How Do Companies Survive Economic Recessions?

Virtually the same way an individual would survive a recession, but with a few differences.

How Do Companies Survive Economic Recessions?
Photo by Andres Garcia

Virtually the same way an individual would survive a recession, but with a few differences.

Savings (for an individual) = Cash on the balance sheet (for a business)

  • Companies should be stacking up savings in case of an economic recession but they need to balance this with growth and R&D.
  • Capital raises can be a good way to get a lot of capital quickly and save it while continuing to invest in growth.
  • A capital raise can help a company weather an economic recession even if they are not profitable.
  • Individuals and companies should have enough savings to last 6 months without income or revenue.

Job salary = Annual revenue

  • Need to be in the right industry—people who do technical work for Tesla or Apple don’t lose their jobs in a recession, because Apple and Tesla have the savings to pay them no matter what—because they are in the right industry—they make so much money that they can have savings.
  • Individuals need to get into the right industry so that they do not lose their job in a recession—this also allows them to make more money and save.
  • Just like how someone can lose a job in a recession, a business can lose its revenue in a recession, without savings, or cash on the balance sheet, it will go bankrupt.

Diversify your income = Have more products or have more diverse customers

  • Individuals could benefit from having more diverse streams of income. This makes them not reliant on any single income stream. This makes them more robust.—it is more likely for a single income stream to go away than several diverse income streams.
  • Companies can create a similar effect by creating more products—this way if one product stops selling, the others may continue to bring in revenue.
  • Companies should also seek to diversify their customers—if a company has a deal with another business and that business is their only customer, they could lose 100% of their revenue if that business is no longer a customer. For example, Apple sells MacBooks to individuals, businesses, schools, etc., so it is unlikely that they would ever lose 100% of their MacBook sales because they have such a diverse customer base.

Frugality = Frugality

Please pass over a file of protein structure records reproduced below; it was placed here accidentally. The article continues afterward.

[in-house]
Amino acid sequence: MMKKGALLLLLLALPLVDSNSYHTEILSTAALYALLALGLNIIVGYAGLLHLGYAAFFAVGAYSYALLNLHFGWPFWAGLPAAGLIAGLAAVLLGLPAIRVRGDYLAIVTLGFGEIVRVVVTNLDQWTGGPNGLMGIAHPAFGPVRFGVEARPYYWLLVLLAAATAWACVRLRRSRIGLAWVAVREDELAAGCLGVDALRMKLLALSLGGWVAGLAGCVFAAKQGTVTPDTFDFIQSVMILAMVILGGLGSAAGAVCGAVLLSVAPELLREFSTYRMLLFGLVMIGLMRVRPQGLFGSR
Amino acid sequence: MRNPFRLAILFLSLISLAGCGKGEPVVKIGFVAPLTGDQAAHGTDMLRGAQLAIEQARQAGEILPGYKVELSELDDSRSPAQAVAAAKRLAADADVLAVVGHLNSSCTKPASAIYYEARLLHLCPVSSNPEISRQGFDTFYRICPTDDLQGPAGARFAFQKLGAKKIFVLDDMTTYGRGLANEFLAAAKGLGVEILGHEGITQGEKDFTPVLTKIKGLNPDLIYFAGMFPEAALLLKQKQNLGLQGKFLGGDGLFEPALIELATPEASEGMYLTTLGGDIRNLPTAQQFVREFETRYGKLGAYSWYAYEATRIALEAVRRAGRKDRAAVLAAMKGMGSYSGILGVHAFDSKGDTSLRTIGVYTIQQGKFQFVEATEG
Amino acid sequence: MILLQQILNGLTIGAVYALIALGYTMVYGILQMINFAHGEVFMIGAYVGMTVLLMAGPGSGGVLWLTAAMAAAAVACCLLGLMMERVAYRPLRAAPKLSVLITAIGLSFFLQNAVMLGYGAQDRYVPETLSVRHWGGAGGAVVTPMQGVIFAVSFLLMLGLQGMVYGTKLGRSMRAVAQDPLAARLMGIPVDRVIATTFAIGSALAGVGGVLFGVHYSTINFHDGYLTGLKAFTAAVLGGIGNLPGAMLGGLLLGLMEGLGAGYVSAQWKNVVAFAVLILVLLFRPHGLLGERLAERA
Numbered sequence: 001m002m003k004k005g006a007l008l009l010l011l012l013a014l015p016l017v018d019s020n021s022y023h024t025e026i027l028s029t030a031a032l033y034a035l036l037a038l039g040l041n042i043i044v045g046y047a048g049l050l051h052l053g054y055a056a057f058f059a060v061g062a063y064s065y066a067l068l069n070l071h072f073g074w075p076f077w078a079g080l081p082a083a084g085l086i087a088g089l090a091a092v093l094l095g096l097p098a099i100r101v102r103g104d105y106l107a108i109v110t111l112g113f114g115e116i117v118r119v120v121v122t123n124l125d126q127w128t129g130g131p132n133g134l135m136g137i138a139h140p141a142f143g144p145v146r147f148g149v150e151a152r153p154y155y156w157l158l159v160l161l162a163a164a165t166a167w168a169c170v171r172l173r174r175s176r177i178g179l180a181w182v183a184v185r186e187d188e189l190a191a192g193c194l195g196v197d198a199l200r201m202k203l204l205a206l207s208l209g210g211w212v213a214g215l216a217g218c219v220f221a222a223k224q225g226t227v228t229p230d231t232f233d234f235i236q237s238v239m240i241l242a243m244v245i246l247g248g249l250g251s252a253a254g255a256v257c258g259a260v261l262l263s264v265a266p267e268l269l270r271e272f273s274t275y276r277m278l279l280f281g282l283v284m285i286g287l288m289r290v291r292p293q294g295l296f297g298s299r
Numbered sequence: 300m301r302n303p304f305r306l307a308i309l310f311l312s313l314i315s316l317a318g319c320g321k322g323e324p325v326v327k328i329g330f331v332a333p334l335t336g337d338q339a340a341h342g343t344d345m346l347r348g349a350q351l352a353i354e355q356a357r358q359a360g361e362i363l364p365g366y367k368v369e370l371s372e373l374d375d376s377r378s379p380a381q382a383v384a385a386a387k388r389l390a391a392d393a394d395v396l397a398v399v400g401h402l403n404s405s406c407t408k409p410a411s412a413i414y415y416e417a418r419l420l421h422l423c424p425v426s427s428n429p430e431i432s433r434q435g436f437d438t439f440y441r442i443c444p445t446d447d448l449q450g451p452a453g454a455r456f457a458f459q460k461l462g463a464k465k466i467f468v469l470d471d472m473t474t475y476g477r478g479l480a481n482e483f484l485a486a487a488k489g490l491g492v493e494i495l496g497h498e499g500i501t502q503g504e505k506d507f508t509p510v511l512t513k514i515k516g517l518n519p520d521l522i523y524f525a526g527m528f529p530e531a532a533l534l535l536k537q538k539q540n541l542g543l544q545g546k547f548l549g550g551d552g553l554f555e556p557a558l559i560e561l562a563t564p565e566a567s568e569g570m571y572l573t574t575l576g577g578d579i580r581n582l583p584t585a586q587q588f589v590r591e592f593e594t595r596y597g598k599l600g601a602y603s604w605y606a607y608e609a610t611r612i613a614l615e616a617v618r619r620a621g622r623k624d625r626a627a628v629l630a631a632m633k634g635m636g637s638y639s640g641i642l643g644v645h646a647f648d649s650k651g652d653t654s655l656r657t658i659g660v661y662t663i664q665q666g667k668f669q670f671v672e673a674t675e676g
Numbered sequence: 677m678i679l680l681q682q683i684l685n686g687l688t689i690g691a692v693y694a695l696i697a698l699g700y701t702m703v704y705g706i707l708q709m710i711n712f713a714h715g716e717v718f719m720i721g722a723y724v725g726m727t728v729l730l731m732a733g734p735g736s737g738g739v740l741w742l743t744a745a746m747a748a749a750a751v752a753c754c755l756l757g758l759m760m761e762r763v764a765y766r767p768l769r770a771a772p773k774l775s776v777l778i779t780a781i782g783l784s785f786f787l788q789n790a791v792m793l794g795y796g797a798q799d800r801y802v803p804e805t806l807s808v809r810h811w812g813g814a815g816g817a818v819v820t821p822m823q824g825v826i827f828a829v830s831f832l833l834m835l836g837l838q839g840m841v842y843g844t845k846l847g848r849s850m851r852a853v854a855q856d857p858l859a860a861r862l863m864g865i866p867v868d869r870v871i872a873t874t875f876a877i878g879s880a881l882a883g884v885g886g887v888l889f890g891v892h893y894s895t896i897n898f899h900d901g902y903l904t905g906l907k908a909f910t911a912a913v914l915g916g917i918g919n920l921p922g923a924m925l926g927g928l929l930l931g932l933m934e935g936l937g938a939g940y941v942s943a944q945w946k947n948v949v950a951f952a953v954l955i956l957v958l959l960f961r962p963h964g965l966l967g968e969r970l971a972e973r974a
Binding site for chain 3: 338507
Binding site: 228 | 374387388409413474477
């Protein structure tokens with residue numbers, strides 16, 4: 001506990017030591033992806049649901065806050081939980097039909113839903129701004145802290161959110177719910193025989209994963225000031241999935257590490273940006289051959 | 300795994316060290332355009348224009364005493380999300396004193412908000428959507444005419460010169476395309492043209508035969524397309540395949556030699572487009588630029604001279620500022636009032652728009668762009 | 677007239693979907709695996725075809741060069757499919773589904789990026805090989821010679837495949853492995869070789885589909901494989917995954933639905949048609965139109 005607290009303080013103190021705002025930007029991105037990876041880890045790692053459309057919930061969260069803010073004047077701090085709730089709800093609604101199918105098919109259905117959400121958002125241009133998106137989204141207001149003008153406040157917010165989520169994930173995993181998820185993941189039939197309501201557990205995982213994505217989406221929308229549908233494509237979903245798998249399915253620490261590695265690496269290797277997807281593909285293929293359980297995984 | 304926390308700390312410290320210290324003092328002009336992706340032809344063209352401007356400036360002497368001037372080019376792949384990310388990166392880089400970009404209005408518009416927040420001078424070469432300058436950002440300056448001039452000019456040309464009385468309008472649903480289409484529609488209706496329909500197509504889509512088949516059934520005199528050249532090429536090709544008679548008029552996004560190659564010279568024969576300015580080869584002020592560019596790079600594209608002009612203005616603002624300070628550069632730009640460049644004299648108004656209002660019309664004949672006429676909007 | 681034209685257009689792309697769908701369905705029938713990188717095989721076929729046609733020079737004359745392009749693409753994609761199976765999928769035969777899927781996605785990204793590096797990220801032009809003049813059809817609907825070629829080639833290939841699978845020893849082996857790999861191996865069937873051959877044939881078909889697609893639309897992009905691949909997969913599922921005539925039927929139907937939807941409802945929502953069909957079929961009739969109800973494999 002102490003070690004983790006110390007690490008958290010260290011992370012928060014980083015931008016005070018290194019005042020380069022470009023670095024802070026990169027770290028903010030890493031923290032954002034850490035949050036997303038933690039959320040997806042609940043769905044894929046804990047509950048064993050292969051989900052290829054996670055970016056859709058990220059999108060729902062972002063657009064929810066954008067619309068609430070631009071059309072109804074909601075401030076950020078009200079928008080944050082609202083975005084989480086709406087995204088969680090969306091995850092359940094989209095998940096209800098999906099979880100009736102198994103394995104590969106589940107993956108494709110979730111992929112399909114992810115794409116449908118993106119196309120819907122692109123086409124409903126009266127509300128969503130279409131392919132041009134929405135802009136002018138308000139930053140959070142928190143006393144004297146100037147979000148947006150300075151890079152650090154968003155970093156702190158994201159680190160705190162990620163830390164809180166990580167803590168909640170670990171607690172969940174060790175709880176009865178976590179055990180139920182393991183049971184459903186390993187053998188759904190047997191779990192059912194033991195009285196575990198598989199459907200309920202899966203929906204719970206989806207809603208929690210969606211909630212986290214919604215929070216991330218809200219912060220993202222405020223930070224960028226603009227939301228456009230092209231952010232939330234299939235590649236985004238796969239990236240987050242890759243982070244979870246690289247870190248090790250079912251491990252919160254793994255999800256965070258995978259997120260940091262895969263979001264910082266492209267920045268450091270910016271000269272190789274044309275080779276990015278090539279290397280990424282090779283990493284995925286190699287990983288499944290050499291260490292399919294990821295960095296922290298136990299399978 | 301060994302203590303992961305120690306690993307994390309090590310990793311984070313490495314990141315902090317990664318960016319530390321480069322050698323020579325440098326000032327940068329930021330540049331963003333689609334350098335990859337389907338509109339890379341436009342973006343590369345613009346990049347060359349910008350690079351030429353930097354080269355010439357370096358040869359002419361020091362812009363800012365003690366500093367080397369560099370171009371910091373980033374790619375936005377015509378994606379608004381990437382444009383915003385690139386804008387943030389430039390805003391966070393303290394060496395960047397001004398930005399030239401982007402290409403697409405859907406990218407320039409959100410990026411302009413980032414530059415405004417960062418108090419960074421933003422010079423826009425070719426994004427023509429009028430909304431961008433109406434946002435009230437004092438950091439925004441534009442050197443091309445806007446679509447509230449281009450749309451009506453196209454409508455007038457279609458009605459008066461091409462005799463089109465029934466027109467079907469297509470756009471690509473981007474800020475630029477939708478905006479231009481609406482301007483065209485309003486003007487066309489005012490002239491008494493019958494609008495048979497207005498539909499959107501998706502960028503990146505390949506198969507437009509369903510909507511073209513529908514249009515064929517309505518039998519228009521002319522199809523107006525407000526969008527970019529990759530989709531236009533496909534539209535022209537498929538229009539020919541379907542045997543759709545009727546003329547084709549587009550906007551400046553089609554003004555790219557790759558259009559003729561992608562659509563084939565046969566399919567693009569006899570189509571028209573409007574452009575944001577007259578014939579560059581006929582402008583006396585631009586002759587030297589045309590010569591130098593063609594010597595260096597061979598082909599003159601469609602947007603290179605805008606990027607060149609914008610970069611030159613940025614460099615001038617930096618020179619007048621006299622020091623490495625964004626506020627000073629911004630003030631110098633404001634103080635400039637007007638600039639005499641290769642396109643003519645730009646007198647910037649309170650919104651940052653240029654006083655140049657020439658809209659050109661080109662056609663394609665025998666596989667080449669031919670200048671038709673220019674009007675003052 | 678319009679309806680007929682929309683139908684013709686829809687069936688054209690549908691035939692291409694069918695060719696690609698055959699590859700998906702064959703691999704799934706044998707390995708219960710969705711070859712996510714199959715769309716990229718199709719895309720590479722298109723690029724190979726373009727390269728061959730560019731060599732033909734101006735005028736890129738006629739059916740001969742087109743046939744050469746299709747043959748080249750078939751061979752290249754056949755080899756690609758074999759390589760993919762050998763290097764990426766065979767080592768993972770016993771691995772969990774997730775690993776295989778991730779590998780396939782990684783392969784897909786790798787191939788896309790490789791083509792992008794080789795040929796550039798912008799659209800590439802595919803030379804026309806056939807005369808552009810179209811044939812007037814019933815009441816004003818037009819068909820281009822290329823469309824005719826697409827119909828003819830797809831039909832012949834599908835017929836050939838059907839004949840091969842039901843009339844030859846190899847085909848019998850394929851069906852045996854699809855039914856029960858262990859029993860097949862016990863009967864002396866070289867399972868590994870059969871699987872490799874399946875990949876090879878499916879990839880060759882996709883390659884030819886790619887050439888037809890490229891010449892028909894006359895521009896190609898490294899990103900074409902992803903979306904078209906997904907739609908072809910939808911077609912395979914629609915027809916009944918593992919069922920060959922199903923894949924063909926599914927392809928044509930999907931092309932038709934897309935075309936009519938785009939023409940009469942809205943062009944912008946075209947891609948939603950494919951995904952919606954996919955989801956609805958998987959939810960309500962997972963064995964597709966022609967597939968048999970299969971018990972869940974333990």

• How can we effectively cut costs?
  • Individuals should always be trying to cut costs
  • This allows individuals to invest in stocks (notice how this is exactly the same as a business investing in R&D and ads—the business and the individual are both cutting costs to invest in the business)
  • Businesses should always be trying to cut costs
  • This allows companies to sell at a lower cost than the competition, potentially increasing revenue. Or they can sell at higher margins and increase revenue for more R&D, ads, etc.
  • Individuals cancel their Netflix subscriptions; companies lay off employees.
  • Individuals move from a 3 bedroom house to a 2 bedroom; companies move from large office space to a medium office space—or switch to online alternatives.

Hedges/Investments = Hedges/Investments

  • Bitcoin is just another way to increase savings—it has a fixed supply and appreciates over time. The downside is that in a market crash, the price of Bitcoin will likely drop, making it potentially less liquid than USD.
  • In the future, companies may allocate a percentage of their balance sheet to bitcoin. It would allow them to make significant gains but not substantially hinder liquidity.

Opportunities = Opportunities

  • There are usually many opportunities that arise in a market crash. One can look for undervalued assets: stocks, bonds, real estate—that have likely crashed due to others being fearful and selling or needing to sell to increase their liquidity or pay a debt. This creates an opportunity for the individual. This creates investing and business opportunities for those who can spot them.
  • There are opportunities for businesses too. Many businesses cannot survive economic recessions—this reduces competition for incumbents and creates space in the market for new businesses to be created.
  • It also is the best time for businesses to acquire smaller businesses with good tech or a good product. The early stage business may not be able to survive the economic downturn which will make them want to sell to a big company.

Ian Greer © . All rights reserved.